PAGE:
- By: Candace McKibben
I scanned the room looking for my mother. The lights were off as the activities director was showing a film and it was difficult to spot her. I decided she must be in her recliner in her room where she enjoys napping, but when I checked she was not there. I looked again among the movie audience and realized the woman whom I had dismissed as my mother was in fact, her. She was napping in the straight-back chair, hunched over and looking as if she had aged years since I kissed her goodnight the evening before. Maybe it was the dim lighting, but I suspect it was rather a moment of clarity. In that moment, I saw my mother as the nearly 91 year-old woman that she is, worn out by mid-morning from doing little.
She doesn’t always appear that way to me, of course. Just the day before, after we sat outside on my back porch, drank ginger ale and reminisced about her love of swinging when she was a child, I asked my mom if she wanted to swing. “Oh, no, I guess not,” she said with conviction. But when we walked past the swing hanging from the oak tree in the backyard, she said, “Look there’s a swing.” I nodded and asked her if she wanted to swing. “I think I do,” she said. And much to my delight and hers, she did!
This week, I attended the first U.S.-Canada “Re-Imagine Life with Dementia”Conference in Atlanta, Georgia. The intent was to inspire conferees to help create a society where dementia symptoms are better understood and accommodated as a disability and where individuals and families with dementia are fully supported and included in all matters that impact them, including clinical practices, research, and public policy. Offered by the Dementia Action Alliance, I was deeply moved by what I experienced.
The conference program included a paragraph about accommodations, including turning off the escalators to reduce noise, the provision of yellow tape arrows on the carpet for directions, and the instruction to presenters and conferees to slow speech to make processing what is being heard easier. The thirty-three persons with early on-set dementia who were presenters and participants had signs to hold up for slower speech or reduced noise. They were recognized as the experts on dementia.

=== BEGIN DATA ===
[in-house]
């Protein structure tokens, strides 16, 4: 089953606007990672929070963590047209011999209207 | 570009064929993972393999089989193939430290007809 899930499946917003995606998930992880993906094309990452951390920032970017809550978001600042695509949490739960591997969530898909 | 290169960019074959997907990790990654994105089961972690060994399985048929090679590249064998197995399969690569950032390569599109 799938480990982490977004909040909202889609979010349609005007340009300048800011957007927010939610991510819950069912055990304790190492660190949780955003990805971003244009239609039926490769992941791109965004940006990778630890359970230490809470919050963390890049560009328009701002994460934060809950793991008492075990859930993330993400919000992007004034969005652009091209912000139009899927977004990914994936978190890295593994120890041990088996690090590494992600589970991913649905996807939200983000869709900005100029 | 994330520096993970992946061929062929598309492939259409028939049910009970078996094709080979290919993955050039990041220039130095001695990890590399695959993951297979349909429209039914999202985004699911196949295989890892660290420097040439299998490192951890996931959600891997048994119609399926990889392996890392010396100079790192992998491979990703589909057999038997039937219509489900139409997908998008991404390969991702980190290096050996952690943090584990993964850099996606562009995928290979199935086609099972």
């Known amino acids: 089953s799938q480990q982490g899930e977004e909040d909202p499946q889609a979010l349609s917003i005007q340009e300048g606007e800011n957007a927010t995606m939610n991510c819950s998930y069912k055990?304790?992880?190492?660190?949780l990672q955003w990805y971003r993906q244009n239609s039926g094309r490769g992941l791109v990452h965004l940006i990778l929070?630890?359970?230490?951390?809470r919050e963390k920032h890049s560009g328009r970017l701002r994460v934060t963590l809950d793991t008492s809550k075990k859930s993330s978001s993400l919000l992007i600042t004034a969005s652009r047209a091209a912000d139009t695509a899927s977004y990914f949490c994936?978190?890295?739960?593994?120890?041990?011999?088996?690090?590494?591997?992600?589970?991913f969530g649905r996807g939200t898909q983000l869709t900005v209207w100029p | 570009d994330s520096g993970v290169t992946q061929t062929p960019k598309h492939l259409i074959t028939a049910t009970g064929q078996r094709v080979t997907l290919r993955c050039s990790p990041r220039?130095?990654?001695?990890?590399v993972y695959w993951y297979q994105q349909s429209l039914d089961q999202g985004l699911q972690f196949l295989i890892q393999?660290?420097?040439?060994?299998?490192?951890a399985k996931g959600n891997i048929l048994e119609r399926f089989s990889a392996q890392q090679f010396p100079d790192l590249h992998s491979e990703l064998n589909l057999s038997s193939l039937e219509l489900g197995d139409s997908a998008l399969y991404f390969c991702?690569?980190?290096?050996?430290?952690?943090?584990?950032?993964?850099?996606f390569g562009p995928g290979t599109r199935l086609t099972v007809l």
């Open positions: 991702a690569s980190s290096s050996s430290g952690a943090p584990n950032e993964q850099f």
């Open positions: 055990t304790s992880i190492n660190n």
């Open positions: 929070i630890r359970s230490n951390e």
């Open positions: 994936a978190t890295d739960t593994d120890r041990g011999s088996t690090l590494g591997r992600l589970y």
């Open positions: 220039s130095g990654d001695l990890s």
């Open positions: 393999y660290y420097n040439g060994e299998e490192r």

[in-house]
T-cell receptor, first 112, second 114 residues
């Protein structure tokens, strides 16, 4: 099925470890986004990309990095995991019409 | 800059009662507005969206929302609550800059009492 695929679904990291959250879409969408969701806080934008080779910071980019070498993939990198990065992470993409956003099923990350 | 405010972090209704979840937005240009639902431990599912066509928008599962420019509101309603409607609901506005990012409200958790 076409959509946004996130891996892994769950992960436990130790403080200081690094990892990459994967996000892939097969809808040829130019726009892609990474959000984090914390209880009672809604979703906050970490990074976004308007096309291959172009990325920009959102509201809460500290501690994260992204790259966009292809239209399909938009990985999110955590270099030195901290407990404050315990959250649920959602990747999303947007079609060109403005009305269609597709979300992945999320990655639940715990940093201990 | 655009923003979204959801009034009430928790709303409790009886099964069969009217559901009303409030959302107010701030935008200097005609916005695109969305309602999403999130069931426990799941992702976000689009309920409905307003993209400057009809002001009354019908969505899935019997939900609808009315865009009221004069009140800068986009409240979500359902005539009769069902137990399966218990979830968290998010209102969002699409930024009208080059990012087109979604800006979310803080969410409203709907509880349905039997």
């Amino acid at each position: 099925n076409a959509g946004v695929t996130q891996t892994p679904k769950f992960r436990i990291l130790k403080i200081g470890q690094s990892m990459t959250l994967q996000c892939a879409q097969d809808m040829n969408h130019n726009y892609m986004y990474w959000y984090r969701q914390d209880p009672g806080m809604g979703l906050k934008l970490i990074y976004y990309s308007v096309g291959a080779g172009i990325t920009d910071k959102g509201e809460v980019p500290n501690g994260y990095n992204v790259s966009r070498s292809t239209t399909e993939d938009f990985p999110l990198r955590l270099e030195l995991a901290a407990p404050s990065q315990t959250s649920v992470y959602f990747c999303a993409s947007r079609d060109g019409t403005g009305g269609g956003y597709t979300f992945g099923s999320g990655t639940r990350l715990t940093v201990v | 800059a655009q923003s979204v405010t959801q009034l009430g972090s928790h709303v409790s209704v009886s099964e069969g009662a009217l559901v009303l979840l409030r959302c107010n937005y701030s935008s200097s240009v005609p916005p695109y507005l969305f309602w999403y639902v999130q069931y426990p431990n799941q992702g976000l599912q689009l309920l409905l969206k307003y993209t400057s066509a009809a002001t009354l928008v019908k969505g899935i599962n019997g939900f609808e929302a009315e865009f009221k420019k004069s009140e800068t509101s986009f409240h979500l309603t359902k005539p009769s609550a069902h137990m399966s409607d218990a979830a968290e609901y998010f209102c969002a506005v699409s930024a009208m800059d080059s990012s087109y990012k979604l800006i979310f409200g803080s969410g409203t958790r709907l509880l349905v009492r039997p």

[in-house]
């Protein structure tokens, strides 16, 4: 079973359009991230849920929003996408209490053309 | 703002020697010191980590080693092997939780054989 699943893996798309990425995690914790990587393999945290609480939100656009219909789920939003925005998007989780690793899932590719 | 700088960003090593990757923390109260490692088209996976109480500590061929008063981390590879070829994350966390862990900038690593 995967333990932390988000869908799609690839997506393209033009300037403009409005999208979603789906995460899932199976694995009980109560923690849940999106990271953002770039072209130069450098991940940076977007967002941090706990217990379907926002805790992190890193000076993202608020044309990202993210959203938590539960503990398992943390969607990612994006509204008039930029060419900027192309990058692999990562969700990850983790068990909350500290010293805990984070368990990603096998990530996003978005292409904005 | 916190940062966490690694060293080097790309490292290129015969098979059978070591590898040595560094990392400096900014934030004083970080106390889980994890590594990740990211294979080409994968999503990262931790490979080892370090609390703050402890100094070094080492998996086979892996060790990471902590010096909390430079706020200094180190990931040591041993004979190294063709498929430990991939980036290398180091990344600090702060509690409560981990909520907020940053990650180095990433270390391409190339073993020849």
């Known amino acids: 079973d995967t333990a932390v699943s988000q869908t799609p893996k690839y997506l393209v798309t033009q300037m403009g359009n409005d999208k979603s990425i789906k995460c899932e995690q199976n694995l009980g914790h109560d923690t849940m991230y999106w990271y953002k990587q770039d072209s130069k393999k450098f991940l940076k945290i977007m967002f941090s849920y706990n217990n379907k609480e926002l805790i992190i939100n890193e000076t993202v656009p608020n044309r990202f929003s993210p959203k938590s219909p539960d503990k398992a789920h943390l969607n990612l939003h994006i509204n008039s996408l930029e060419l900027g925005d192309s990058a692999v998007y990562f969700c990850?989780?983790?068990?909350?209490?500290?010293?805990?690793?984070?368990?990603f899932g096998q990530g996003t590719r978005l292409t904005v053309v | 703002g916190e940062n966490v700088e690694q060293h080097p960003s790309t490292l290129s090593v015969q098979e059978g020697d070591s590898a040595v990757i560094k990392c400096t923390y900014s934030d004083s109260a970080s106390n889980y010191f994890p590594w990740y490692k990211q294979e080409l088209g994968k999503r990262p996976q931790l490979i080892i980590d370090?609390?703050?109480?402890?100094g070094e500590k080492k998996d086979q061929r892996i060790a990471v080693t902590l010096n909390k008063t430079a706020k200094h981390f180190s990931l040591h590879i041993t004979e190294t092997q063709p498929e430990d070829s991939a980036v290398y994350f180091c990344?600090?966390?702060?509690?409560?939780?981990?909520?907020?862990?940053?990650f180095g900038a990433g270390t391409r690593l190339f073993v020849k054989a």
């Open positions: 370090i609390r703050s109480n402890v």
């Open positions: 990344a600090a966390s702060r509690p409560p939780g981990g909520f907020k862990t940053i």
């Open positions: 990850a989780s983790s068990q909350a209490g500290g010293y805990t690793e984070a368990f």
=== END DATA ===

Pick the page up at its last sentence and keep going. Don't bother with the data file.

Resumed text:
The keynote speaker was a person living with dementia, and the theme song for the convention was composed by someone living with dementia. Hearing these courageous men and women share what it is like to live with dementia was both enlightening and inspiring. Proclamations like, “I have Alzheimer’s but it doesn’t have me” and “I dream of a time when there is no stigma about having dementia and no stigma about the disease” coming from the lips of those experiencing the disease was powerful. Their vulnerability was remarkable, sharing how depressed they became upon diagnosis and how they had to find a way to tap into their inner strength to get busy living. A repeated theme was how they longed for meaning in life and how they found that meaning in advocacy.
A retired pharmacist living with Lewy Body dementia shared that people with dementia are problem-solvers who use their intelligence to compensate every day, learning new pathways to accomplish life tasks. He encouraged helpers to not worry as much about orienting to time and place as to purpose. A retired college professor living with dementia is using her advocacy to encourage the United Nations to recognize dementia as a disability, which will guarantee rights that are currently being denied persons with this diagnosis. A retired therapist of forty years is using her newly discovered talent in pottery to shift the perception of what persons with dementia are capable of achieving. A neurologist whose father had dementia is making the same point in a book of paintings that his father created, picking up a paintbrush for the first time after his diagnosis.
Persons living with dementia taught us they have a shift in the way they experience the world around them but they are not intellectually-challenged or reduced to the mental level of a child. We do well to remember for them the essence of who they are and what they value. Rather than focus on what is missing for them, they long to be encouraged in whatever it is that brings joy and meaning.
It validated for me how sacred my mother swinging in a backyard swing truly is for both of us. Seeing my mom who lives with dementia beyond her limitations matters.